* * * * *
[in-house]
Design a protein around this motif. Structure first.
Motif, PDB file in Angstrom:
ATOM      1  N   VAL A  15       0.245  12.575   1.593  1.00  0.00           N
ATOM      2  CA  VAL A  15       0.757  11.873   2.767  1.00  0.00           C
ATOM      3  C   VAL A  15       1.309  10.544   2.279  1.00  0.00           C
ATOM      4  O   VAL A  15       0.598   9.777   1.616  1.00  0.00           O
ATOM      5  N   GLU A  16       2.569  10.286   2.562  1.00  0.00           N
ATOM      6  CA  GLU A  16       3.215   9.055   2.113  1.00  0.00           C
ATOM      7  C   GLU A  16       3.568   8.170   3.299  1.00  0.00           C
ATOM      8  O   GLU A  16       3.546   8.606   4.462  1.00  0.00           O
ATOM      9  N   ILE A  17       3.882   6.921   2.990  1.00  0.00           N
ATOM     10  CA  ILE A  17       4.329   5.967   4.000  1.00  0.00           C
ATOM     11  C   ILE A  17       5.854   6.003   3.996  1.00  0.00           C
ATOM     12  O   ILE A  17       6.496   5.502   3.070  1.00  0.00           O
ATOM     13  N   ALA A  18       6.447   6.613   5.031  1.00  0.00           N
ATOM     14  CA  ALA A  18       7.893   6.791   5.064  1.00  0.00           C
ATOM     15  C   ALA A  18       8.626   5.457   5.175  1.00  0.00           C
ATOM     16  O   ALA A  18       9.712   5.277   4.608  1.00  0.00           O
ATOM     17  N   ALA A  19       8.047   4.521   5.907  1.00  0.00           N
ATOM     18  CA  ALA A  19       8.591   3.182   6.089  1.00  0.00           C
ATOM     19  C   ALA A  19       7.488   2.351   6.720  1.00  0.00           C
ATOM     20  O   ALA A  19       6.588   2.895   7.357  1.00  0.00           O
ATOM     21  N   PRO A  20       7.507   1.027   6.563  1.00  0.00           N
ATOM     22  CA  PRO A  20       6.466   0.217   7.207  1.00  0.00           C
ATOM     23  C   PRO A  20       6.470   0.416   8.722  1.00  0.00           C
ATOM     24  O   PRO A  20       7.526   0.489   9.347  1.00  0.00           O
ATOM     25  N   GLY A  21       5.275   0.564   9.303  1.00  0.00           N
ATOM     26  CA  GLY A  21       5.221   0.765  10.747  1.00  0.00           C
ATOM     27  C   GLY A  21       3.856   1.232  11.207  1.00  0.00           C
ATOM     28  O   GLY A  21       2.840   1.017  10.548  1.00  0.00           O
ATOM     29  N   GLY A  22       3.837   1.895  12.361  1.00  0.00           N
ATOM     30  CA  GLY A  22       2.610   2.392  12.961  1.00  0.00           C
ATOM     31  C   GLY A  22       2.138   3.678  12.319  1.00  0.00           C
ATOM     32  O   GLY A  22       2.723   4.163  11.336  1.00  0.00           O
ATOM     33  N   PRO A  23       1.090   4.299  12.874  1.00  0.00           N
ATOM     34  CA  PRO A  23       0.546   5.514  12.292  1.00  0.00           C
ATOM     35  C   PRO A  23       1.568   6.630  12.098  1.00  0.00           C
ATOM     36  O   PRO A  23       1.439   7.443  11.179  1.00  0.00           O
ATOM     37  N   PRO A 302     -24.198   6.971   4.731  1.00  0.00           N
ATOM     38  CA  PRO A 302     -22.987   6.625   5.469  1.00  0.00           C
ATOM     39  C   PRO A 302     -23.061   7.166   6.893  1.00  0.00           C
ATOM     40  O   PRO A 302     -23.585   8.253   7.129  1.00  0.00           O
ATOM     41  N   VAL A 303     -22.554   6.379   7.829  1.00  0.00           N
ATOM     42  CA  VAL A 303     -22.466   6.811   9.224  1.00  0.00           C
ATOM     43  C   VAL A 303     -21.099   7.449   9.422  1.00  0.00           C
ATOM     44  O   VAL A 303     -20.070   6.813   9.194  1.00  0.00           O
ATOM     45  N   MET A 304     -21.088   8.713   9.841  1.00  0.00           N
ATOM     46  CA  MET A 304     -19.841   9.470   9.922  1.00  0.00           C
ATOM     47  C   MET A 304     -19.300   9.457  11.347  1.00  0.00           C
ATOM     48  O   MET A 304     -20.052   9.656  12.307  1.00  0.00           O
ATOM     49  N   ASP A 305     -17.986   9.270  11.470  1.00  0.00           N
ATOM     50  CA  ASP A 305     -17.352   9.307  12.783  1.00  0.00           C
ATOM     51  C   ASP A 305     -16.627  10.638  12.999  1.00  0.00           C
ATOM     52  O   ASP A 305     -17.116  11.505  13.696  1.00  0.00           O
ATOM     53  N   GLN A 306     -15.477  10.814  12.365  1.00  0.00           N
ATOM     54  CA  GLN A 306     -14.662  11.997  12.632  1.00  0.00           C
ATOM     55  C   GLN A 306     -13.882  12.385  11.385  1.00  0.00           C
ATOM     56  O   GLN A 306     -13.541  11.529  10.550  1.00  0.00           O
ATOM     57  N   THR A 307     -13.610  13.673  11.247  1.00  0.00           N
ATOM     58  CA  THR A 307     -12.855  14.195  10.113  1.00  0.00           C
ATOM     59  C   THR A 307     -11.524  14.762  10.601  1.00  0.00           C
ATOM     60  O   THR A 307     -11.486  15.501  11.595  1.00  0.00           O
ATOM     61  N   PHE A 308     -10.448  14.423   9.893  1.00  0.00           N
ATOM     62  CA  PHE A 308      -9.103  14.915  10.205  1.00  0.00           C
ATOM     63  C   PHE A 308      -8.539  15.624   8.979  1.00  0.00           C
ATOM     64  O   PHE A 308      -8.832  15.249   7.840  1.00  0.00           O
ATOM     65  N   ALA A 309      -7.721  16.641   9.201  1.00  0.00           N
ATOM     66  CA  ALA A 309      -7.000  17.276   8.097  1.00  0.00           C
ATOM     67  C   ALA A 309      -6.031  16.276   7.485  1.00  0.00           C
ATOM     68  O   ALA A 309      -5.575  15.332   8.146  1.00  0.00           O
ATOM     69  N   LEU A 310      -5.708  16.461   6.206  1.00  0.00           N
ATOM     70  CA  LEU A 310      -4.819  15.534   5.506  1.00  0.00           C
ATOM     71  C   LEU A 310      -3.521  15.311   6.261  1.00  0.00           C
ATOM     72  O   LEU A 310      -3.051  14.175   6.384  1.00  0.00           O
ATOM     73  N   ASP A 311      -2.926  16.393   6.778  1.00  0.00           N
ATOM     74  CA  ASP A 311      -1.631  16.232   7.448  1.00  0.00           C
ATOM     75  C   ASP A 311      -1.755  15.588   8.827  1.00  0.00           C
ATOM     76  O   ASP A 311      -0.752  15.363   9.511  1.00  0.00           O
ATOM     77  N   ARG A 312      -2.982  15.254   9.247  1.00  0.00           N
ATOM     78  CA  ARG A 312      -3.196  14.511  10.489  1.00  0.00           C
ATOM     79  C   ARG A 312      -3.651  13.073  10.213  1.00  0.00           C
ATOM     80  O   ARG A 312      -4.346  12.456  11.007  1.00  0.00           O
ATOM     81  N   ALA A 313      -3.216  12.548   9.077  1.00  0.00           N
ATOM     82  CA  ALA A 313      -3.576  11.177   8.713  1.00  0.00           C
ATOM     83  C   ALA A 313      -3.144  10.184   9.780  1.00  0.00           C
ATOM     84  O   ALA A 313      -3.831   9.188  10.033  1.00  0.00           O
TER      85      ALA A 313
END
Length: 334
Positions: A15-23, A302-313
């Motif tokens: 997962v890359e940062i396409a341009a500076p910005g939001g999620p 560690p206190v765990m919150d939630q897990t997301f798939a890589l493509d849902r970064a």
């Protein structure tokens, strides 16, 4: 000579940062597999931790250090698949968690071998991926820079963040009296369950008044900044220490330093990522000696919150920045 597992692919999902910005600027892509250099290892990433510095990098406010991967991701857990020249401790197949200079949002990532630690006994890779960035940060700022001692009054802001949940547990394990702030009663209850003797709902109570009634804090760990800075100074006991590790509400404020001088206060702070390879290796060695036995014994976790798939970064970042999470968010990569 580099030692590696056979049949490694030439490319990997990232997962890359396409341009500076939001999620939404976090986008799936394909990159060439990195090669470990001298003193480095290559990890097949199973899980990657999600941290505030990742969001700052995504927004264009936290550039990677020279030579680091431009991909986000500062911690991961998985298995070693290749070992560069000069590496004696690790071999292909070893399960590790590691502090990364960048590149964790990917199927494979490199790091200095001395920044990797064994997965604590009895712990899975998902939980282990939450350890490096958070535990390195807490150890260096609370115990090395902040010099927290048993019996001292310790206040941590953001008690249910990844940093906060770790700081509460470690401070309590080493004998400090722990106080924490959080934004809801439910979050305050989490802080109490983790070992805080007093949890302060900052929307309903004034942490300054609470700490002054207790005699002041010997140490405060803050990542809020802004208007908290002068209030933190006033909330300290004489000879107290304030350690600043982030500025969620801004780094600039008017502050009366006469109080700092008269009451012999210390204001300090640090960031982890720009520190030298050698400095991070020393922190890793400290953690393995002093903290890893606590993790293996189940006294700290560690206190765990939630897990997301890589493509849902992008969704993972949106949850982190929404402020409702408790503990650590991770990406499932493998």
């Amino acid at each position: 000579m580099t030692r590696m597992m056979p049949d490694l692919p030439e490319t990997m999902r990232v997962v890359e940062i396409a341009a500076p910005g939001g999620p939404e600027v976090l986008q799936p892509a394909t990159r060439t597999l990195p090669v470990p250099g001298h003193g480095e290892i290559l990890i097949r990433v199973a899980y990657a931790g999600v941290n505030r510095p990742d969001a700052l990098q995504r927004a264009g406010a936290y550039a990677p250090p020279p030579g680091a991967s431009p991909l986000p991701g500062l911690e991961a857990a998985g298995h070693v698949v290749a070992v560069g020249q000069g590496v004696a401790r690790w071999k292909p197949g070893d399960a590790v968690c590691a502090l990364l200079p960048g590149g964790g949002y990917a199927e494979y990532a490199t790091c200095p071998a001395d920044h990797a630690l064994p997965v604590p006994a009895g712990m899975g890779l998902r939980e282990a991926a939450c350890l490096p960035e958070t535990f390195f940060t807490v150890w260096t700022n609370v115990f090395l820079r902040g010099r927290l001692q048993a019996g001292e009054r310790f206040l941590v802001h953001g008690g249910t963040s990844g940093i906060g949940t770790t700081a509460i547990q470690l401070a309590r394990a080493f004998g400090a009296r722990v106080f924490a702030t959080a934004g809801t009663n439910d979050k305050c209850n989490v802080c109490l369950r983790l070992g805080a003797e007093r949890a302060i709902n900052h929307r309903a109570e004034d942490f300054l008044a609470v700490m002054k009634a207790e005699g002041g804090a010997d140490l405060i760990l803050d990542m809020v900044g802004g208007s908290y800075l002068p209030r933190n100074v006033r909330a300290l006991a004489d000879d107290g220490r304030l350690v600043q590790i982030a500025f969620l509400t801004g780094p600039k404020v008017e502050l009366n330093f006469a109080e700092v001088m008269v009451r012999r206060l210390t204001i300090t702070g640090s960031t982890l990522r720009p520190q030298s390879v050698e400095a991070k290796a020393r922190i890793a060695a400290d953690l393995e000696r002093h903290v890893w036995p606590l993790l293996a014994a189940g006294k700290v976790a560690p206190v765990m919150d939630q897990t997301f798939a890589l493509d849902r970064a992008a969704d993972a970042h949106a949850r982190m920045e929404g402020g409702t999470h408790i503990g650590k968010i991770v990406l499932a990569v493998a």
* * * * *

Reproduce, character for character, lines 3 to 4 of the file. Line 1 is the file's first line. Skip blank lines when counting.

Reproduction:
Motif, PDB file in Angstrom:
ATOM      1  N   VAL A  15       0.245  12.575   1.593  1.00  0.00           N